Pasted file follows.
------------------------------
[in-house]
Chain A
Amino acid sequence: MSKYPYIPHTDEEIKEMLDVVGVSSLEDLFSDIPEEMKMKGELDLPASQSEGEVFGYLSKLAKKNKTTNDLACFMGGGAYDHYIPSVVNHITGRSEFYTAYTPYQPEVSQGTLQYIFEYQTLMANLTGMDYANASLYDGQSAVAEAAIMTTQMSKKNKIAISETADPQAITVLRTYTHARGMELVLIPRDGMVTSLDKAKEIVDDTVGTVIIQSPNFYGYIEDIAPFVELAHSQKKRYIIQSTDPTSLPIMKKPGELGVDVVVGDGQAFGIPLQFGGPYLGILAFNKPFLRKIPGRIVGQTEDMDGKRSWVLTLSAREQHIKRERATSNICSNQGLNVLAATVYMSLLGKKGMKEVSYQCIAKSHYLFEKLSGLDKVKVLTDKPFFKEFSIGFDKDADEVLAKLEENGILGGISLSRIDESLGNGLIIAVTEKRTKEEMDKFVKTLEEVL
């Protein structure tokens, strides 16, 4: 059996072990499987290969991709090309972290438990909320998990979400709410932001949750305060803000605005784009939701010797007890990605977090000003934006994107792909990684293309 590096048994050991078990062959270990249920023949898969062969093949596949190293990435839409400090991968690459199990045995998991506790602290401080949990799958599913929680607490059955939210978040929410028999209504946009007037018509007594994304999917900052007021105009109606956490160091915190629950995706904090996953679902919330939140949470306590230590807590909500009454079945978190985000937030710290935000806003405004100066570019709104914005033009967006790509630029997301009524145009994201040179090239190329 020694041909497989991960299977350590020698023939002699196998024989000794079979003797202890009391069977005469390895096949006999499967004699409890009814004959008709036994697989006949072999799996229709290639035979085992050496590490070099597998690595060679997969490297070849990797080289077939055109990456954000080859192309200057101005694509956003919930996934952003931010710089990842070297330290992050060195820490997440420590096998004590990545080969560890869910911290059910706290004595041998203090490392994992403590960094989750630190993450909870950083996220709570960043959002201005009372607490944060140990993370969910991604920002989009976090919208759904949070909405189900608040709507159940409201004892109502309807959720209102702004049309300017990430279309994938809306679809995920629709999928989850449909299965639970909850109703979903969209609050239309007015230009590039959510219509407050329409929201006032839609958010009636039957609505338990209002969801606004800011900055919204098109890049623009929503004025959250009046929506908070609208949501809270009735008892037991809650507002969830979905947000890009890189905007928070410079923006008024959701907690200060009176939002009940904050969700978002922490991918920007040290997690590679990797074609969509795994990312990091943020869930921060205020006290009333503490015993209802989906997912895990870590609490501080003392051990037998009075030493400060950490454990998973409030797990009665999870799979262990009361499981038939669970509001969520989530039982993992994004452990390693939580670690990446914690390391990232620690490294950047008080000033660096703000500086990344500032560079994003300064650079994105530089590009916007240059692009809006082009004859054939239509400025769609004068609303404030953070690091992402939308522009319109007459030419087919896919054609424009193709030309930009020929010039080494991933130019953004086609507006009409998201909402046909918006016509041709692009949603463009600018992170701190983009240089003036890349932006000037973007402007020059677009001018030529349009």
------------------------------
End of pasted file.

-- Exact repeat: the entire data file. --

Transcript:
[in-house]
Chain A
Amino acid sequence: MSKYPYIPHTDEEIKEMLDVVGVSSLEDLFSDIPEEMKMKGELDLPASQSEGEVFGYLSKLAKKNKTTNDLACFMGGGAYDHYIPSVVNHITGRSEFYTAYTPYQPEVSQGTLQYIFEYQTLMANLTGMDYANASLYDGQSAVAEAAIMTTQMSKKNKIAISETADPQAITVLRTYTHARGMELVLIPRDGMVTSLDKAKEIVDDTVGTVIIQSPNFYGYIEDIAPFVELAHSQKKRYIIQSTDPTSLPIMKKPGELGVDVVVGDGQAFGIPLQFGGPYLGILAFNKPFLRKIPGRIVGQTEDMDGKRSWVLTLSAREQHIKRERATSNICSNQGLNVLAATVYMSLLGKKGMKEVSYQCIAKSHYLFEKLSGLDKVKVLTDKPFFKEFSIGFDKDADEVLAKLEENGILGGISLSRIDESLGNGLIIAVTEKRTKEEMDKFVKTLEEVL
């Protein structure tokens, strides 16, 4: 059996072990499987290969991709090309972290438990909320998990979400709410932001949750305060803000605005784009939701010797007890990605977090000003934006994107792909990684293309 590096048994050991078990062959270990249920023949898969062969093949596949190293990435839409400090991968690459199990045995998991506790602290401080949990799958599913929680607490059955939210978040929410028999209504946009007037018509007594994304999917900052007021105009109606956490160091915190629950995706904090996953679902919330939140949470306590230590807590909500009454079945978190985000937030710290935000806003405004100066570019709104914005033009967006790509630029997301009524145009994201040179090239190329 020694041909497989991960299977350590020698023939002699196998024989000794079979003797202890009391069977005469390895096949006999499967004699409890009814004959008709036994697989006949072999799996229709290639035979085992050496590490070099597998690595060679997969490297070849990797080289077939055109990456954000080859192309200057101005694509956003919930996934952003931010710089990842070297330290992050060195820490997440420590096998004590990545080969560890869910911290059910706290004595041998203090490392994992403590960094989750630190993450909870950083996220709570960043959002201005009372607490944060140990993370969910991604920002989009976090919208759904949070909405189900608040709507159940409201004892109502309807959720209102702004049309300017990430279309994938809306679809995920629709999928989850449909299965639970909850109703979903969209609050239309007015230009590039959510219509407050329409929201006032839609958010009636039957609505338990209002969801606004800011900055919204098109890049623009929503004025959250009046929506908070609208949501809270009735008892037991809650507002969830979905947000890009890189905007928070410079923006008024959701907690200060009176939002009940904050969700978002922490991918920007040290997690590679990797074609969509795994990312990091943020869930921060205020006290009333503490015993209802989906997912895990870590609490501080003392051990037998009075030493400060950490454990998973409030797990009665999870799979262990009361499981038939669970509001969520989530039982993992994004452990390693939580670690990446914690390391990232620690490294950047008080000033660096703000500086990344500032560079994003300064650079994105530089590009916007240059692009809006082009004859054939239509400025769609004068609303404030953070690091992402939308522009319109007459030419087919896919054609424009193709030309930009020929010039080494991933130019953004086609507006009409998201909402046909918006016509041709692009949603463009600018992170701190983009240089003036890349932006000037973007402007020059677009001018030529349009």